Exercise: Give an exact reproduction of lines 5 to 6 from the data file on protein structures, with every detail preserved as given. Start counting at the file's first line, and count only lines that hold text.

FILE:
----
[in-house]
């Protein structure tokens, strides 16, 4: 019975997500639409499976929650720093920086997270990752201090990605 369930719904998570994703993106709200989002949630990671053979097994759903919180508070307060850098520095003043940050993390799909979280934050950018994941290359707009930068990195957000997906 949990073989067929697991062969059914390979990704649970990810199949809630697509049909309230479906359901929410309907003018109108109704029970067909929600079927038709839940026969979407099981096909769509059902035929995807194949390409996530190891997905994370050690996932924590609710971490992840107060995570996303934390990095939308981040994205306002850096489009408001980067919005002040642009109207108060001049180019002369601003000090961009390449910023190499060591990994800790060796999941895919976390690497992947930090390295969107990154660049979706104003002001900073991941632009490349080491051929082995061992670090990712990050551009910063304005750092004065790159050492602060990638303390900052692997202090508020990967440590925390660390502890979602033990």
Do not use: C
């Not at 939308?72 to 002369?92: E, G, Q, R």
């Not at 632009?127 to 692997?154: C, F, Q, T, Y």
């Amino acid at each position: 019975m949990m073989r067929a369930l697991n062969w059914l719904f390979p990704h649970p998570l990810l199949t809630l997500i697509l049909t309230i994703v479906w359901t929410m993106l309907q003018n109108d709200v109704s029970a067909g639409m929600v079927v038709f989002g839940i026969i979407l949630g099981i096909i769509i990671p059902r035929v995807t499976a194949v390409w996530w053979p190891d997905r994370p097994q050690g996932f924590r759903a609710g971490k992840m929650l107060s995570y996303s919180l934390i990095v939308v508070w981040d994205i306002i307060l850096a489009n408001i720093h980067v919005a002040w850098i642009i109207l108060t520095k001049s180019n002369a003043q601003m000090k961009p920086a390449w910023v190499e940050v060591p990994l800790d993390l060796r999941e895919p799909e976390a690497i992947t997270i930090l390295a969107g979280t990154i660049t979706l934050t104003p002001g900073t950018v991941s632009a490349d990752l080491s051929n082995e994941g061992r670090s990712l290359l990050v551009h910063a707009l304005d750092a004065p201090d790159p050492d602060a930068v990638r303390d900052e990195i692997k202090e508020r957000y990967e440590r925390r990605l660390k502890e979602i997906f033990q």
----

């Not at 632009?127 to 692997?154: C, F, Q, T, Y």
């Amino acid at each position: 019975m949990m073989r067929a369930l697991n062969w059914l719904f390979p990704h649970p998570l990810l199949t809630l997500i697509l049909t309230i994703v479906w359901t929410m993106l309907q003018n109108d709200v109704s029970a067909g639409m929600v079927v038709f989002g839940i026969i979407l949630g099981i096909i769509i990671p059902r035929v995807t499976a194949v390409w996530w053979p190891d997905r994370p097994q050690g996932f924590r759903a609710g971490k992840m929650l107060s995570y996303s919180l934390i990095v939308v508070w981040d994205i306002i307060l850096a489009n408001i720093h980067v919005a002040w850098i642009i109207l108060t520095k001049s180019n002369a003043q601003m000090k961009p920086a390449w910023v190499e940050v060591p990994l800790d993390l060796r999941e895919p799909e976390a690497i992947t997270i930090l390295a969107g979280t990154i660049t979706l934050t104003p002001g900073t950018v991941s632009a490349d990752l080491s051929n082995e994941g061992r670090s990712l290359l990050v551009h910063a707009l304005d750092a004065p201090d790159p050492d602060a930068v990638r303390d900052e990195i692997k202090e508020r957000y990967e440590r925390r990605l660390k502890e979602i997906f033990q």